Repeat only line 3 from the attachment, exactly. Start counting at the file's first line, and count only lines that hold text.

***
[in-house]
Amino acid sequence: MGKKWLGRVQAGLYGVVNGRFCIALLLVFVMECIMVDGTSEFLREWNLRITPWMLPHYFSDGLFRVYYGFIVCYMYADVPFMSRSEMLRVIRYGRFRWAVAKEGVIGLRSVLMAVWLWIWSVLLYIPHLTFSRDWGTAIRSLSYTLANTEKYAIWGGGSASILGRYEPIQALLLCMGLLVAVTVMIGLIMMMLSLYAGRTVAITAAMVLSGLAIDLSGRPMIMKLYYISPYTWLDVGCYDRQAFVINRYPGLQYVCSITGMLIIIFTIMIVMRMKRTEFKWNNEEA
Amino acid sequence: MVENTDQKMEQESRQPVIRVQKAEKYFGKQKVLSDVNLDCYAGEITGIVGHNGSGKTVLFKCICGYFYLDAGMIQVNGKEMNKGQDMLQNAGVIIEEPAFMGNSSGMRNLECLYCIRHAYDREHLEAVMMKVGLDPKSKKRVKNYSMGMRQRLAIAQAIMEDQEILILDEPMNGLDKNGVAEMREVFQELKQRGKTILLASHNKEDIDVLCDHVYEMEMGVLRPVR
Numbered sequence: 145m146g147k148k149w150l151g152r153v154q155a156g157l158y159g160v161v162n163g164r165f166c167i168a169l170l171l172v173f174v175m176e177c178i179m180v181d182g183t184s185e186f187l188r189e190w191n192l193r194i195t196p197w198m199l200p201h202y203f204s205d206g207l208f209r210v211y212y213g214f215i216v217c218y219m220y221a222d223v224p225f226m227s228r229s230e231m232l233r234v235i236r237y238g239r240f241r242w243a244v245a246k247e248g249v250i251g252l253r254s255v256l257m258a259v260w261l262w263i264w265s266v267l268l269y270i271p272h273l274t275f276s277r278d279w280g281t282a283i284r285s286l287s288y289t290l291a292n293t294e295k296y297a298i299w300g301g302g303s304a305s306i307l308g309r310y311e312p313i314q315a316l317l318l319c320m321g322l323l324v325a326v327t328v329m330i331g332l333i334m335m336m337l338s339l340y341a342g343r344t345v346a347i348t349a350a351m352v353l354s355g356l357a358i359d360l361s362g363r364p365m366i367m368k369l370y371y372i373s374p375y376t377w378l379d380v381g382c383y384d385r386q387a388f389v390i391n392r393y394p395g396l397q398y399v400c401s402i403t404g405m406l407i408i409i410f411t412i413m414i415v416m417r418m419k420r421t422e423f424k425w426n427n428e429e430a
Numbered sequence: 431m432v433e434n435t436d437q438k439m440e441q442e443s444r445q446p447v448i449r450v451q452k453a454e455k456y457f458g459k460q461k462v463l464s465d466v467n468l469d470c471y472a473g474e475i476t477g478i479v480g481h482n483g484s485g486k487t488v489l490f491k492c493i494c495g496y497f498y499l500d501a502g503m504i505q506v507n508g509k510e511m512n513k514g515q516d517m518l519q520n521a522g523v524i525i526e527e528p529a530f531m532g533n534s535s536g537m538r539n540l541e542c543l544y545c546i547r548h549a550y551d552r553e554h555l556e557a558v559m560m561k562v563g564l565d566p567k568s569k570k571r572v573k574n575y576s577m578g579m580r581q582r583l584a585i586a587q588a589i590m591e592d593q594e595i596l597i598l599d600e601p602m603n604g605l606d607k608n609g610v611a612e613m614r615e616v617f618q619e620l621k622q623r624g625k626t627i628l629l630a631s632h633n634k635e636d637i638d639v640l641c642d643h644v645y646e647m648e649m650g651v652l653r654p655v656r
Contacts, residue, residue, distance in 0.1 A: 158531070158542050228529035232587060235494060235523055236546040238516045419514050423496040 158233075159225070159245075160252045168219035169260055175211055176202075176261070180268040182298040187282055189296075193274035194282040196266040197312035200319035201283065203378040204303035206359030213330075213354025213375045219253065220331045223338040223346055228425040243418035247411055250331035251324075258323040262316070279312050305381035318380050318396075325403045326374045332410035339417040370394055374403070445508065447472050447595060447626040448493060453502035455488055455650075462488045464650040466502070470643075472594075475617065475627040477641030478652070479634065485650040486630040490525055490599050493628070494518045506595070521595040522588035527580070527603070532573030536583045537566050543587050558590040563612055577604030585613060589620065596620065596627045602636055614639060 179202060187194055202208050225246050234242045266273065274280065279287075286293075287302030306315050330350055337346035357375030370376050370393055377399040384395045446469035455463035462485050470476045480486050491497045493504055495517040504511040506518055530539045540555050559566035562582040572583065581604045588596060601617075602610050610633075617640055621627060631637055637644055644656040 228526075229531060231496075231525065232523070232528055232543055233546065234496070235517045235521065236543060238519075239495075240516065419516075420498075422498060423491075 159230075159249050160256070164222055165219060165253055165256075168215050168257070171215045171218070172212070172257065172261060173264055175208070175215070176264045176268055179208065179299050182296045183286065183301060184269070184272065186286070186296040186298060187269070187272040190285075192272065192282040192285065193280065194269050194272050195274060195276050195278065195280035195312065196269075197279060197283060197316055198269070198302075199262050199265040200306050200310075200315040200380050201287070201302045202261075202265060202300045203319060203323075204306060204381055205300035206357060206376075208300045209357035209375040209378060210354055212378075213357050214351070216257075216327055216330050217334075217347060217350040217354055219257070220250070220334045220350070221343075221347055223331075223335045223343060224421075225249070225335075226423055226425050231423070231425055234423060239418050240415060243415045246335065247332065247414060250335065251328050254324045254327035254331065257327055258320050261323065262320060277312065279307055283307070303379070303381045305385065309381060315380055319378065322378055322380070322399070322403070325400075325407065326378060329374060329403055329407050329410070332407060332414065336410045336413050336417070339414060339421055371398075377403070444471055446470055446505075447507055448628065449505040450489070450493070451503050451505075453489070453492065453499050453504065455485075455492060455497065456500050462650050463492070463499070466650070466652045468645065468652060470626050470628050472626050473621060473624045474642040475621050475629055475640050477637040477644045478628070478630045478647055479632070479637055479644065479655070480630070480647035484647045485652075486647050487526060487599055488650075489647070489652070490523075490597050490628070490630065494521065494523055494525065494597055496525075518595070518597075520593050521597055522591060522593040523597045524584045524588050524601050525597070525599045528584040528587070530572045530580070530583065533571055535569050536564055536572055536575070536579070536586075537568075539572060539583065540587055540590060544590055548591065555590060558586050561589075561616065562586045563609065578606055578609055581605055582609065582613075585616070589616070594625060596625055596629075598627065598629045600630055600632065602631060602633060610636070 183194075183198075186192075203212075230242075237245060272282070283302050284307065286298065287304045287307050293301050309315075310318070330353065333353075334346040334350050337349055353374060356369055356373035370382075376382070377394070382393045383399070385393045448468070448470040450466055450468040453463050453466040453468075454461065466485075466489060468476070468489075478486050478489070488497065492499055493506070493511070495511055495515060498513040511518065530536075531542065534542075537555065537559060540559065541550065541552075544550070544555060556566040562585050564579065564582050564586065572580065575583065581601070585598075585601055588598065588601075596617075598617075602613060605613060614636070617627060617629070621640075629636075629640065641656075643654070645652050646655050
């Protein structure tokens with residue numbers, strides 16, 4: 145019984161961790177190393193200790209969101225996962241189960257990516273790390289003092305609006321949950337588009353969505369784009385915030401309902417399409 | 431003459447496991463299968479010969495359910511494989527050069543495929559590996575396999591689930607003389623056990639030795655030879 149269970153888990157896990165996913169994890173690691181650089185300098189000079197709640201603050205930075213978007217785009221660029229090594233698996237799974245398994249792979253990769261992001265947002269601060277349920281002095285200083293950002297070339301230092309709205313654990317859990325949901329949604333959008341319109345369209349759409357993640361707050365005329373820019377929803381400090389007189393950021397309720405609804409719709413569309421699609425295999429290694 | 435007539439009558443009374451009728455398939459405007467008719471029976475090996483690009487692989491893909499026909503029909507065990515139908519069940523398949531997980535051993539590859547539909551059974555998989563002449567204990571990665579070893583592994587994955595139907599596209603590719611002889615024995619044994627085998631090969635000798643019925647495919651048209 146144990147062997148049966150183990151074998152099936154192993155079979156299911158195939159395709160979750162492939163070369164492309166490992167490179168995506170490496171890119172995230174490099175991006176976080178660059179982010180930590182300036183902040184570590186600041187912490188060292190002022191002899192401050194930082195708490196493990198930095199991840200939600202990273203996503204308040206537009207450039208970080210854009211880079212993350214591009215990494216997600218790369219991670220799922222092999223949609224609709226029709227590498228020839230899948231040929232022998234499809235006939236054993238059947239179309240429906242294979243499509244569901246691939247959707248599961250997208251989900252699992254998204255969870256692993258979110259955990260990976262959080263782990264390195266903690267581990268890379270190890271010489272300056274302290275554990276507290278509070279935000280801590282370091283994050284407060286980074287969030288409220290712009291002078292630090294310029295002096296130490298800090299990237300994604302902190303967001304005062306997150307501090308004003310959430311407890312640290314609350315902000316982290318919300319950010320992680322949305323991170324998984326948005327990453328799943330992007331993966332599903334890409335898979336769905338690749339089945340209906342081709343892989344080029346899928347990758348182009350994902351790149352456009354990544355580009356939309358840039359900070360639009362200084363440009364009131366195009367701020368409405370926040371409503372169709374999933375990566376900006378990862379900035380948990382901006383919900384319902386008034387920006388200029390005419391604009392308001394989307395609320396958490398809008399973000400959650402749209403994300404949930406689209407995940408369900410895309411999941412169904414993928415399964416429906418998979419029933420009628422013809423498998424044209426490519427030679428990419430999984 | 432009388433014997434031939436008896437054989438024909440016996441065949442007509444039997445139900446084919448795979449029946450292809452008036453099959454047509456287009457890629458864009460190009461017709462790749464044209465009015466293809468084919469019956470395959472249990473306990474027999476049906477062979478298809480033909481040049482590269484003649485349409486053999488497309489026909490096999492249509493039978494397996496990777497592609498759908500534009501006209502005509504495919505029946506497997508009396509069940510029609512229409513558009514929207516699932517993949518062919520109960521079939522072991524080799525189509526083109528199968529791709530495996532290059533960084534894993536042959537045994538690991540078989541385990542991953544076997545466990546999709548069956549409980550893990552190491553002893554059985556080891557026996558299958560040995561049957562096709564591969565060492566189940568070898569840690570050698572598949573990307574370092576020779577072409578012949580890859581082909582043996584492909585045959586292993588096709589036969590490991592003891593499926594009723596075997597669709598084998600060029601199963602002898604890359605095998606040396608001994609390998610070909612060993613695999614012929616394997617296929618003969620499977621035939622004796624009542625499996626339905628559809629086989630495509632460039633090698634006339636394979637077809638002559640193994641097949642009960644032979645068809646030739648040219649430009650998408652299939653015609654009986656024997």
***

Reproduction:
Amino acid sequence: MVENTDQKMEQESRQPVIRVQKAEKYFGKQKVLSDVNLDCYAGEITGIVGHNGSGKTVLFKCICGYFYLDAGMIQVNGKEMNKGQDMLQNAGVIIEEPAFMGNSSGMRNLECLYCIRHAYDREHLEAVMMKVGLDPKSKKRVKNYSMGMRQRLAIAQAIMEDQEILILDEPMNGLDKNGVAEMREVFQELKQRGKTILLASHNKEDIDVLCDHVYEMEMGVLRPVR